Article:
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Notes
1
Strategy and tactics without diagnosis is just panic.
2
A single data point is almost always useless. Insight comes from one point in comparison to another.
3
“It’s a little like helping top athletes to get that extra 2-3% boost in their performance, to make sure they are closer to the trophy they aim to win. That’s a good agency point of differentiation
4
Not all problems are the problem
5
[Account planning] sought to place thinking about the response of the consumer at the heart of strategic and creative thinking. It aimed to expose and dismantle stifling and unhelpful research methodologies. It devoted itself to developing a real and rounded understanding of the consumer, rather than simply selecting and polishing selling propositions. It shifted the focus of advertising development from finding ways of selling people stuff, to finding ways of making stuff buyable. And it placed the quest for effectiveness above all other agendas, both internal and external.
6
‘Simplify, Then Exaggerate’
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We all know that every human being has basic physical needs: for food, for water, for shelter, for clean air. It turns out that, in the same way, all humans have certain basic psychological needs. We need to feel we belong. We need to feel valued. We need to feel we’re good at something. We need to feel we have a secure future. And there is growing evidence that our culture isn’t meeting those psychological needs for many – perhaps most – people.
8
“What conventions Must you break?What conventions could you break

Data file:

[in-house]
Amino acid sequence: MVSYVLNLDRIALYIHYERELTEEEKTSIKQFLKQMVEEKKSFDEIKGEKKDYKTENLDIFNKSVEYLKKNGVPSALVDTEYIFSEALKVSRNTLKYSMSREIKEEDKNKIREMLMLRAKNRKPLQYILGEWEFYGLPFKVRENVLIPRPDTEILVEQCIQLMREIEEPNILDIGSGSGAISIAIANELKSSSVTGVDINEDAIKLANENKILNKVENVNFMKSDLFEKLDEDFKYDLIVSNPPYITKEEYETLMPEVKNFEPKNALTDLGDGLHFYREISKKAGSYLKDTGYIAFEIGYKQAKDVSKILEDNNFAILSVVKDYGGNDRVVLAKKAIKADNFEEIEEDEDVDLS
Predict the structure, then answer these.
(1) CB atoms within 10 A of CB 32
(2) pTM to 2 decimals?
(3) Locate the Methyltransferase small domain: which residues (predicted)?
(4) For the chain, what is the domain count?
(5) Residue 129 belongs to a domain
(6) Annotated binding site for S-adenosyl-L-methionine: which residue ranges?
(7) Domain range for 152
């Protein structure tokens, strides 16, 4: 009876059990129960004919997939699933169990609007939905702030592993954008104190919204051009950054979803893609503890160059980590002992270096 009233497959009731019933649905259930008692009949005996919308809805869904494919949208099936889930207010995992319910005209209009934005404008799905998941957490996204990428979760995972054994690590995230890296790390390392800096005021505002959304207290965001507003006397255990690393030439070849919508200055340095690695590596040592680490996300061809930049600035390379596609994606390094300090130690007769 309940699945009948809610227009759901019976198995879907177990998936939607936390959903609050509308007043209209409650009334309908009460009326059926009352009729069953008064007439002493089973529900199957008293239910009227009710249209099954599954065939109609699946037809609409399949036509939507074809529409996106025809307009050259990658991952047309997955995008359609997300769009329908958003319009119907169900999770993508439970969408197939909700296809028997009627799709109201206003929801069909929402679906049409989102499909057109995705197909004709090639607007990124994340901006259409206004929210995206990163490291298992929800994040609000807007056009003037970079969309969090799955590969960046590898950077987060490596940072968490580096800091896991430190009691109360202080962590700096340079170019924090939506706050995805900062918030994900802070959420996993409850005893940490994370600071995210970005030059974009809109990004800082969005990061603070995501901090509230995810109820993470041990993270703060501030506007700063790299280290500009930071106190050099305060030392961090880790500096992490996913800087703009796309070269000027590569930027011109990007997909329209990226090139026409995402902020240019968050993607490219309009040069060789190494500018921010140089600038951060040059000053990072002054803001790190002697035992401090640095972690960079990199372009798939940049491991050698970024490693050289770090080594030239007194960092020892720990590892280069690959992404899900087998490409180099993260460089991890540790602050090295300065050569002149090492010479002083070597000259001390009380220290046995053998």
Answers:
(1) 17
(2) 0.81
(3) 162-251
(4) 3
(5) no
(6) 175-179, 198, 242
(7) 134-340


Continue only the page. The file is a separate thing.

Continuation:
What conventions should you NOT break?”
9
* Define the actual thing we’re doing before naming the idea etc.
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* Extreme principles can lead to extreme clarity.
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* Anything incredible is going to be offensive to somebody
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* The goal of marketing, then — especially as it pertains to things people would rather not pay attention to — is in making sure that the message taints the tastelessness of existence, and forces us to pay attention.
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* You want to deliver to the world what you would buy if you were on the other end. - Shane Parrish, Farnham Street
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* Goodhart's Law is a theory I come back to again and again, particularly with relation to setting KPIs for marketing. It states that "When a measure becomes a target, it ceases to be a good measure."
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* “Most geniuses—especially those who lead others—prosper not by deconstructing intricate complexities but by exploiting unrecognized simplicities.” — Andy Benoit